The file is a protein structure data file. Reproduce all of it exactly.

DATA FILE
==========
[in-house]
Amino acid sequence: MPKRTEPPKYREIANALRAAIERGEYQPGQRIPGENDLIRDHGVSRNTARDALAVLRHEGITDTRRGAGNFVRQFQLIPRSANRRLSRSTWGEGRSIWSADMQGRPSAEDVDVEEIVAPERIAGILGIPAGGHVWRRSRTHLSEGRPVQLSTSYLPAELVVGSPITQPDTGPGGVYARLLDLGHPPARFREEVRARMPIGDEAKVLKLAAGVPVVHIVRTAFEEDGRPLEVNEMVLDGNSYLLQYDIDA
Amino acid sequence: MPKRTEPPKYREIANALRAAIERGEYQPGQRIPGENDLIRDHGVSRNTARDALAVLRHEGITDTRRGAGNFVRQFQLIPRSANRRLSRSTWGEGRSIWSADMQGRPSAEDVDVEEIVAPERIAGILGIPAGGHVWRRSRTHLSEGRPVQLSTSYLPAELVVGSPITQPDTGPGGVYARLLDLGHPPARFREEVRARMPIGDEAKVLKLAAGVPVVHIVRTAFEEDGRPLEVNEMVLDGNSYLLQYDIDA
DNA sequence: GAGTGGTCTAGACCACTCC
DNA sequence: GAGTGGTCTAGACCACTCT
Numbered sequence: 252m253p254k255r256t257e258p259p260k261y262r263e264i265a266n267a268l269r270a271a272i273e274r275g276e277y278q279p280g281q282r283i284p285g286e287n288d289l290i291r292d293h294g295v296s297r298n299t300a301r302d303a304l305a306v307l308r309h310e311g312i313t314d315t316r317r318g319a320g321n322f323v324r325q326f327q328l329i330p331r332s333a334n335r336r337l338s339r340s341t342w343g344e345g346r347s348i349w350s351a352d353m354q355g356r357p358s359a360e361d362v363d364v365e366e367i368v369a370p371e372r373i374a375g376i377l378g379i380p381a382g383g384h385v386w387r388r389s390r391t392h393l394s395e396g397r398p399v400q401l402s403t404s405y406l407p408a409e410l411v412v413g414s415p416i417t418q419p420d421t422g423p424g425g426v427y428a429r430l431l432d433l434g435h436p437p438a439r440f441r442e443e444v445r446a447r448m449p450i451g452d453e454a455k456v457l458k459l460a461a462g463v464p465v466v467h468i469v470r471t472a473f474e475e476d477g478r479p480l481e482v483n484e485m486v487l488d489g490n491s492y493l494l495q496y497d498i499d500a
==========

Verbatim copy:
[in-house]
Amino acid sequence: MPKRTEPPKYREIANALRAAIERGEYQPGQRIPGENDLIRDHGVSRNTARDALAVLRHEGITDTRRGAGNFVRQFQLIPRSANRRLSRSTWGEGRSIWSADMQGRPSAEDVDVEEIVAPERIAGILGIPAGGHVWRRSRTHLSEGRPVQLSTSYLPAELVVGSPITQPDTGPGGVYARLLDLGHPPARFREEVRARMPIGDEAKVLKLAAGVPVVHIVRTAFEEDGRPLEVNEMVLDGNSYLLQYDIDA
Amino acid sequence: MPKRTEPPKYREIANALRAAIERGEYQPGQRIPGENDLIRDHGVSRNTARDALAVLRHEGITDTRRGAGNFVRQFQLIPRSANRRLSRSTWGEGRSIWSADMQGRPSAEDVDVEEIVAPERIAGILGIPAGGHVWRRSRTHLSEGRPVQLSTSYLPAELVVGSPITQPDTGPGGVYARLLDLGHPPARFREEVRARMPIGDEAKVLKLAAGVPVVHIVRTAFEEDGRPLEVNEMVLDGNSYLLQYDIDA
DNA sequence: GAGTGGTCTAGACCACTCC
DNA sequence: GAGTGGTCTAGACCACTCT
Numbered sequence: 252m253p254k255r256t257e258p259p260k261y262r263e264i265a266n267a268l269r270a271a272i273e274r275g276e277y278q279p280g281q282r283i284p285g286e287n288d289l290i291r292d293h294g295v296s297r298n299t300a301r302d303a304l305a306v307l308r309h310e311g312i313t314d315t316r317r318g319a320g321n322f323v324r325q326f327q328l329i330p331r332s333a334n335r336r337l338s339r340s341t342w343g344e345g346r347s348i349w350s351a352d353m354q355g356r357p358s359a360e361d362v363d364v365e366e367i368v369a370p371e372r373i374a375g376i377l378g379i380p381a382g383g384h385v386w387r388r389s390r391t392h393l394s395e396g397r398p399v400q401l402s403t404s405y406l407p408a409e410l411v412v413g414s415p416i417t418q419p420d421t422g423p424g425g426v427y428a429r430l431l432d433l434g435h436p437p438a439r440f441r442e443e444v445r446a447r448m449p450i451g452d453e454a455k456v457l458k459l460a461a462g463v464p465v466v467h468i469v470r471t472a473f474e475e476d477g478r479p480l481e482v483n484e485m486v487l488d489g490n491s492y493l494l495q496y497d498i499d500a